Ultrasonic plaque ablation. A new method for recanalization of partially or totally occluded arteries.
The potential application of ultrasonic energy for ablation of atherosclerotic plaques was studied in human atherosclerotic arteries with continuous and pulsed delivery of energy. With a prototype ultrasonic wire probe (n = 79 segments), there was gross reduction in vascular lesions as well as microscopic disruption of fibrous and calcified plaques. Normal portions of vessels appeared unaffected by the application of ultrasound. The prototype ultrasonic wire catheter ablated calcific deposits in less than 10 seconds. With this probe, all 26 complete atherosclerotic occlusions 0.5-5 cm in length were recanalized irrespective of the presence of calcium. Twenty-four of the segments were reopened in less than 20 seconds. By light microscopy, the site of plaque ablation was smooth, concave, and conformed to the shape of the probe tip. In 17 samples, there was evidence of thermal injury, and in six of the 79 samples studied with the prototype probe, there was vascular perforation. No vascular perforation occurred without thermal damage, when pulsed (rather than continuous) ultrasonic energy was used (n = 40) or when the duration of application was less than 30 seconds, with power output less than 25 W and with the probe oriented parallel to the wall (n = 26). Thus, by modifying the duration, mode, and magnitude of the ultrasonic power output, thermal injury and vascular perforation may be avoided. In vivo intra-arterial ultrasonic angioplasty of a canine chronic femoral fibrocellular occlusion was also performed. A preliminary in vivo study demonstrated feasibility of the percutaneous application of intra-arterial ultrasonic recanalization. Thus, ultrasonic energy appears to have potential as a method for ablation of occlusive atherosclerotic plaque.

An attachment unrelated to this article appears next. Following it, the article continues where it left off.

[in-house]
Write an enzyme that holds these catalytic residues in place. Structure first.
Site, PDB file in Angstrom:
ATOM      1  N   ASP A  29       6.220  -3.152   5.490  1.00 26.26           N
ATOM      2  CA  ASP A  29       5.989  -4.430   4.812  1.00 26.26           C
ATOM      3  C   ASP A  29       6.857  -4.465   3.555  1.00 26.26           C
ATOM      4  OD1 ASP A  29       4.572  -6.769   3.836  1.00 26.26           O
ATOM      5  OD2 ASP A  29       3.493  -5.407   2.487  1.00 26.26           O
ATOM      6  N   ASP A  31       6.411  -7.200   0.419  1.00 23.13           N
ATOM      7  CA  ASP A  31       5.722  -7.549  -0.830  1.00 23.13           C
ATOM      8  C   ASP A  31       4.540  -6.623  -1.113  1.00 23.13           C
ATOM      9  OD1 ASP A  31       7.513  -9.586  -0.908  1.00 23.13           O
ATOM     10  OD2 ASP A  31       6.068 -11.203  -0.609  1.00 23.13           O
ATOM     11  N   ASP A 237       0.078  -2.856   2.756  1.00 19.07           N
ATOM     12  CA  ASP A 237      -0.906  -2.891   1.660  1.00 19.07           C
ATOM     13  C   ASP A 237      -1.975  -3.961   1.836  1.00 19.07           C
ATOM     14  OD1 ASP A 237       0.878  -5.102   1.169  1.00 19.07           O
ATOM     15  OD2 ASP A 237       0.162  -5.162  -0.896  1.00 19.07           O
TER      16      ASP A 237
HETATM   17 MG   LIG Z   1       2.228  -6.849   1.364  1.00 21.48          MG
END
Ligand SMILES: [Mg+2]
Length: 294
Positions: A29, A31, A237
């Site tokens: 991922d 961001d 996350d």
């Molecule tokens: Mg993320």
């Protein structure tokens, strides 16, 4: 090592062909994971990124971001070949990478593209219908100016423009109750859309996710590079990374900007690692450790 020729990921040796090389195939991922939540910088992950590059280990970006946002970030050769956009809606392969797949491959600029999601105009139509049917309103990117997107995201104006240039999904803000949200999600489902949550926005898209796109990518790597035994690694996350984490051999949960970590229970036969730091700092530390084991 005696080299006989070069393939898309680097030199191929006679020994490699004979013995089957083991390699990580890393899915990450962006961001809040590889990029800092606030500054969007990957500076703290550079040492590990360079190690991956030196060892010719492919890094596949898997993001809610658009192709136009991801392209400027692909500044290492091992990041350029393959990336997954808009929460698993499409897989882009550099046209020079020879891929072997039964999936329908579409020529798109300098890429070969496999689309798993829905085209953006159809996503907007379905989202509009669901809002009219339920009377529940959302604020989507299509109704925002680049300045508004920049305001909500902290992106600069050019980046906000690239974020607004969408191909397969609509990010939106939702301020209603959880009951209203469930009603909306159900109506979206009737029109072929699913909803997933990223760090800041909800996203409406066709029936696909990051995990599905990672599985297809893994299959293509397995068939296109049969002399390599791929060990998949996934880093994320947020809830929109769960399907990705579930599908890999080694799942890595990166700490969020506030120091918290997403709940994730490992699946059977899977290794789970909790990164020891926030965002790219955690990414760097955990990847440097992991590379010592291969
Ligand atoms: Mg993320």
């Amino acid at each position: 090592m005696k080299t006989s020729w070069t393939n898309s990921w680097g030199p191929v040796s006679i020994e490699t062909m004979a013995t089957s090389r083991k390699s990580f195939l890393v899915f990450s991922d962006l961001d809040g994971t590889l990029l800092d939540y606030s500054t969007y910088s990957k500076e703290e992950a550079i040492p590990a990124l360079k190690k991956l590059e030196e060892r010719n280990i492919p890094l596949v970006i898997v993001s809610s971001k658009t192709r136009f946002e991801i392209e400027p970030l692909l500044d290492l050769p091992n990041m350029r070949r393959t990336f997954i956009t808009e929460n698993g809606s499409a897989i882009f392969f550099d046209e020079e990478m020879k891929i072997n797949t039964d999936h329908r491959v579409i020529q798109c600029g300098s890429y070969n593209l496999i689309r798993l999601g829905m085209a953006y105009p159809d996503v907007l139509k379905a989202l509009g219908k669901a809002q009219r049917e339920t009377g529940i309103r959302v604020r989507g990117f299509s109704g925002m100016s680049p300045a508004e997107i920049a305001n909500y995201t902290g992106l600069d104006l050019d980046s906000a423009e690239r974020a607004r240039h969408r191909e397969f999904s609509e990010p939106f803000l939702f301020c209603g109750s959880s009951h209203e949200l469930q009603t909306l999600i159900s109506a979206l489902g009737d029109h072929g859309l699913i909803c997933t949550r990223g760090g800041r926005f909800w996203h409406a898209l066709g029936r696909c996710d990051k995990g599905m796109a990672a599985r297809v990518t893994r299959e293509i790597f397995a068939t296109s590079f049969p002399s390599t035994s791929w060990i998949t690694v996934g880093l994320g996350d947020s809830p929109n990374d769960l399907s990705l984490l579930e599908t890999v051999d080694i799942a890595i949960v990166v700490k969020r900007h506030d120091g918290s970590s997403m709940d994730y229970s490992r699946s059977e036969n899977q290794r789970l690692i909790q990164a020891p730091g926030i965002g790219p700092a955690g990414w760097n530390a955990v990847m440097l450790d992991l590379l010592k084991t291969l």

- Copyright © 1988 by American Heart Association